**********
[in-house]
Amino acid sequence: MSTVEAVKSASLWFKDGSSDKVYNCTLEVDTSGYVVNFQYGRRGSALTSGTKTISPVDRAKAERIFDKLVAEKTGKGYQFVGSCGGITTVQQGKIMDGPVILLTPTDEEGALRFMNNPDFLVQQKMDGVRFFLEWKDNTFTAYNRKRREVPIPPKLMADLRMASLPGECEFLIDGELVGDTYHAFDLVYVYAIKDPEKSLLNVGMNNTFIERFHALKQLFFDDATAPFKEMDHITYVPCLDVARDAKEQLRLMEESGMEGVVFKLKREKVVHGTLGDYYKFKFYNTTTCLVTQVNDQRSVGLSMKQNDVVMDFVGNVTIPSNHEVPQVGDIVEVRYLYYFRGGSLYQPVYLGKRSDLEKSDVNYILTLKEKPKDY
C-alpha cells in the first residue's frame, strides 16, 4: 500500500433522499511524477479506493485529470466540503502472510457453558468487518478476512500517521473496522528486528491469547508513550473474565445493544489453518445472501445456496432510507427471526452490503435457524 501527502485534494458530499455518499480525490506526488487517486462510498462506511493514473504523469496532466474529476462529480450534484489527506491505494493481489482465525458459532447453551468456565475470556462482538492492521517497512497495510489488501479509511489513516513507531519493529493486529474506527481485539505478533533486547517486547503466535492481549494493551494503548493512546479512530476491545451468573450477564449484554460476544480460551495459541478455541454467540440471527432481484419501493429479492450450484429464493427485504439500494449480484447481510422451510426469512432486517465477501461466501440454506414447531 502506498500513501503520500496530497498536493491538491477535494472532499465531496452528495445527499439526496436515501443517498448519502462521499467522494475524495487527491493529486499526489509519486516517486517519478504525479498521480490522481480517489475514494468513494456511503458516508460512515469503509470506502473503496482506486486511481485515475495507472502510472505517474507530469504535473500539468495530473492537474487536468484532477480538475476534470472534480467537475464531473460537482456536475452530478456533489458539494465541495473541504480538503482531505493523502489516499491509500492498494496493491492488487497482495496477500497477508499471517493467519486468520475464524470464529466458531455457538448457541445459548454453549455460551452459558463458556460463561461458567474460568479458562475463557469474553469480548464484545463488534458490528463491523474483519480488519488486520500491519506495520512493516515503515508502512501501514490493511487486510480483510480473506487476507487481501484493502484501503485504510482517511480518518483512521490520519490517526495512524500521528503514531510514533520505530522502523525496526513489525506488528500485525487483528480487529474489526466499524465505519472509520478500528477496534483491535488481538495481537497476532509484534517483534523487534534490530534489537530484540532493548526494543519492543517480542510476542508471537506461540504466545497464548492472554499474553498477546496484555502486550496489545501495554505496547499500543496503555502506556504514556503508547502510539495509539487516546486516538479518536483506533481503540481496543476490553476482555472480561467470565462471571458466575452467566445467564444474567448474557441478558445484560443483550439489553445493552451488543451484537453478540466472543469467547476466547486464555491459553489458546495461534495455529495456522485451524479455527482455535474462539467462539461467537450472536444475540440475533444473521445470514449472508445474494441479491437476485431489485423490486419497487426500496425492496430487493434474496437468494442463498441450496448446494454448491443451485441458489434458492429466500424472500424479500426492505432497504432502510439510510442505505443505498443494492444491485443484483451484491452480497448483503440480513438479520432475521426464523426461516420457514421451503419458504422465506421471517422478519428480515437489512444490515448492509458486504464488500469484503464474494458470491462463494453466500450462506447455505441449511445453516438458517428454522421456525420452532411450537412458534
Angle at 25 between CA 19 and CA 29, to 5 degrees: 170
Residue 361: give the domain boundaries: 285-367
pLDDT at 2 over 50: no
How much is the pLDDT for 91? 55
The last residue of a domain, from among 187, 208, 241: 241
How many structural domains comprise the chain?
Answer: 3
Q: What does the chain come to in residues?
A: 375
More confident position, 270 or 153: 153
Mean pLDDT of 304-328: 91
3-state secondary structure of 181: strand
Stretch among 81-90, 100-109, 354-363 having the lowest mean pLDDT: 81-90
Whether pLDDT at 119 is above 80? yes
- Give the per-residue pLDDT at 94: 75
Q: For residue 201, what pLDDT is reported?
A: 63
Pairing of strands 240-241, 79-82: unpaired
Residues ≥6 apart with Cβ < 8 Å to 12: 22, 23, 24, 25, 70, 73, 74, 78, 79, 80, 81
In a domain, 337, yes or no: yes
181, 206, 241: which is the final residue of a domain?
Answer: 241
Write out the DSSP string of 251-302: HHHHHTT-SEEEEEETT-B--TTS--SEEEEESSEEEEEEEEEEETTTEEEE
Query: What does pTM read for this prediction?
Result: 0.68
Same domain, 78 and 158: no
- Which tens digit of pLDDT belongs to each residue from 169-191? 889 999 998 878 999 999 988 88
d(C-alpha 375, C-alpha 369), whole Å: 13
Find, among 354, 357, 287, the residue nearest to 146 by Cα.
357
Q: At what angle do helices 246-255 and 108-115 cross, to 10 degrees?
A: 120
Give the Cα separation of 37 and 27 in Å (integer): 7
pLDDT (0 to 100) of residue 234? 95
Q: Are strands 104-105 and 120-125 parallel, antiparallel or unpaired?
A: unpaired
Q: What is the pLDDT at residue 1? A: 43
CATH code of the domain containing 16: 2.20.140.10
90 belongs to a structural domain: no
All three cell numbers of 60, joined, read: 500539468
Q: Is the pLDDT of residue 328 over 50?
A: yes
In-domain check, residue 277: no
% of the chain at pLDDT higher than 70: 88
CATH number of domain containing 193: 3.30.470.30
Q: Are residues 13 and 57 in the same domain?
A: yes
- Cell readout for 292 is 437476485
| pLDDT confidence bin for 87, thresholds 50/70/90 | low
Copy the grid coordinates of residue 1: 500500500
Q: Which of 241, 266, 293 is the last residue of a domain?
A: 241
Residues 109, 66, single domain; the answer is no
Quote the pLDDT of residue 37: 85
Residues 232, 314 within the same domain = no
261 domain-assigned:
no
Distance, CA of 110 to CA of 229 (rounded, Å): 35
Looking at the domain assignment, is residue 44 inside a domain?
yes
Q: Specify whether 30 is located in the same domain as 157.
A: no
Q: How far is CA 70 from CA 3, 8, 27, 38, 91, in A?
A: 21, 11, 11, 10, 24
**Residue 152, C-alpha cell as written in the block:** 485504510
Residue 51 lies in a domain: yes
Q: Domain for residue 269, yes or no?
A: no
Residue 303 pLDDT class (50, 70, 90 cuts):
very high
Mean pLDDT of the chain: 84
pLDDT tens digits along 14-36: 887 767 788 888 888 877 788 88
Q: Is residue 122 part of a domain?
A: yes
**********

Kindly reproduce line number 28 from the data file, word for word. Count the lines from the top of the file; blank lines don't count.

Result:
Result: 0.68